Business is brisk at Nim’s Fruit Crisps. Pineapples are imported from Costa Rica, kiwis from Italy and oranges and lemons from Spain. They’re then turned into healthy snacks for export to Israel, South Africa, Hong Kong and elsewhere.
You wouldn’t know that the company in southeast England is already about to head into the post-Brexit world without knowing what it will look like.
Nim’s will ship goods in coming weeks that are due to arrive at their destination after March 29, the date the U.K. plans to leave the European Union. The country still can’t agree on a deal to keep borders open and trade flowing. “We’re just going to wing it really,” founder Nimisha Raja said. “There’s not much more we can do.’’
The problem for British exporters is that the U.K. is yet to roll over the majority of the beneficial trade terms around the globe it gets through EU membership. That means goods being readied for dispatch that take as long as six weeks to reach destinations in Asia could end up sat in quarantine or face disputes over who pays any new customs duties.
“The uncertainty is not something that will happen in early April, it is something that is with us’’ now, Austrian Foreign Minister Karin Kneissl said Sunday on BBC. Deals between the EU and other countries cover more than 11% of Britain’s trade. Liam Fox, the minister in charge of international trade, said last month that the major deals would be rolled over before March 29, though others wouldn’t.
“There will be a frantic look at contracts,” said Alex Veitch, a head of policy at the Freight Transport Association. “Changes in duties could increase the cost of a product massively.”
Some companies are trying to speed up delivery times to beat the deadline. Joe & Seph’s, a gourmet popcorn producer in London, has started air freighting its goods to markets such as Hong Kong and Singapore instead of sending them by sea, even though it costs more than double per shipment.
“It’s too big a risk,’’ said Adam Sopher, the company’s co-founder. “My relationship with my customers is the most important thing. The uncertainty is a nightmare.’’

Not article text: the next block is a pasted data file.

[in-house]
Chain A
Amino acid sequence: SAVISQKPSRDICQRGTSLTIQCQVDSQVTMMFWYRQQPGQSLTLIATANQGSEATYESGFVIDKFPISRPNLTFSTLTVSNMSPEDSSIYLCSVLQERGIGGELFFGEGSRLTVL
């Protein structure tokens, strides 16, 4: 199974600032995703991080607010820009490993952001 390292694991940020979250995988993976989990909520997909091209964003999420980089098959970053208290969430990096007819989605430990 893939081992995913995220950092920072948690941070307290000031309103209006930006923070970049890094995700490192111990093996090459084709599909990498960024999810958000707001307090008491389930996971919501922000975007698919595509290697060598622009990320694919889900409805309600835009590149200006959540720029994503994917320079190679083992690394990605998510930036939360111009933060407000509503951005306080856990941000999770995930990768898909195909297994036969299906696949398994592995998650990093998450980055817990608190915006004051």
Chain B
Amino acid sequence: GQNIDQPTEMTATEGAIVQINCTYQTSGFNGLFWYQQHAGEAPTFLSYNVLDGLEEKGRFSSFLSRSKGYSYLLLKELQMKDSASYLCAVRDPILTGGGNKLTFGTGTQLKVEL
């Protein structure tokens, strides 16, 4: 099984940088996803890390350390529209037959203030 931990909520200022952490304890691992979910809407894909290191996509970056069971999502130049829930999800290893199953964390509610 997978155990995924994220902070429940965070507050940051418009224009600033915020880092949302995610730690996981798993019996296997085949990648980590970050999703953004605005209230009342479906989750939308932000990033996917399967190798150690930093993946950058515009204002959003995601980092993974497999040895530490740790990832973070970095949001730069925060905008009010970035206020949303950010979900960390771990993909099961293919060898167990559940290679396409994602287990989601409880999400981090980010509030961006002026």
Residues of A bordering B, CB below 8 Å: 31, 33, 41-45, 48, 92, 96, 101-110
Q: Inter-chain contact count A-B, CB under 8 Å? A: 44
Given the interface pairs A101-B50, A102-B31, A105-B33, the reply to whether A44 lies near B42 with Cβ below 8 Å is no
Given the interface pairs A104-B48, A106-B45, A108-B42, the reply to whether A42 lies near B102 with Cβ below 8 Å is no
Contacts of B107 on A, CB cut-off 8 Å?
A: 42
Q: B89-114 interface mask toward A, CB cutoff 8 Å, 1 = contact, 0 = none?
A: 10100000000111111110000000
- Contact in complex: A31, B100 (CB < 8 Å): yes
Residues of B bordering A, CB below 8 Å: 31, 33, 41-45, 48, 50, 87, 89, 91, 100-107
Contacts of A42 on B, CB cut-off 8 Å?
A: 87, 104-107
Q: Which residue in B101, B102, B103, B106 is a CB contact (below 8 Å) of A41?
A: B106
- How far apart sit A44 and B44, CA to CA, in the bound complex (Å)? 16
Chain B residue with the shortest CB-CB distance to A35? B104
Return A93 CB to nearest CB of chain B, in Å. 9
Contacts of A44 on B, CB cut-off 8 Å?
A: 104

The trade dilemma also applies for imports. Edinburgh-based haggis brand Macsween, which brings in pulses from Canada and onions from India and Egypt, has had more difficulty getting long-term contracts with its suppliers because of uncertainty over Britain’s future trading status.
“It makes it harder to plan our prices,” said James Macsween, managing director of the third-generation family business, which counts Marks & Spencer Group Plc as its biggest customer. “We were led to believe these trade deals would be sorted, but we’re in the unknown.’’
That said, U.K. exporters face a potentially significant benefit in a no-deal Brexit scenario if the pound depreciates further, which would make their goods more attractive for foreign buyers, said Sean Ramsden, chief executive of Ramsden International, which wholesales British products worldwide.
“There’s an element of insurance there,” Ramsden said. “While some markets may be slightly more challenging, it could be more than offset by our products being cheaper around the world.”
The U.K.’s Department for International Trade says avoiding disruption to Britain’s global trading relationships is a priority and that it continues to engage with all its trading partners. Britain has signed continuity trade agreements with Chile, the Faroe Islands and eastern and southern Africa. The latest one, announced on Monday, was with Switzerland.
By Joe Mayes and Jill Ward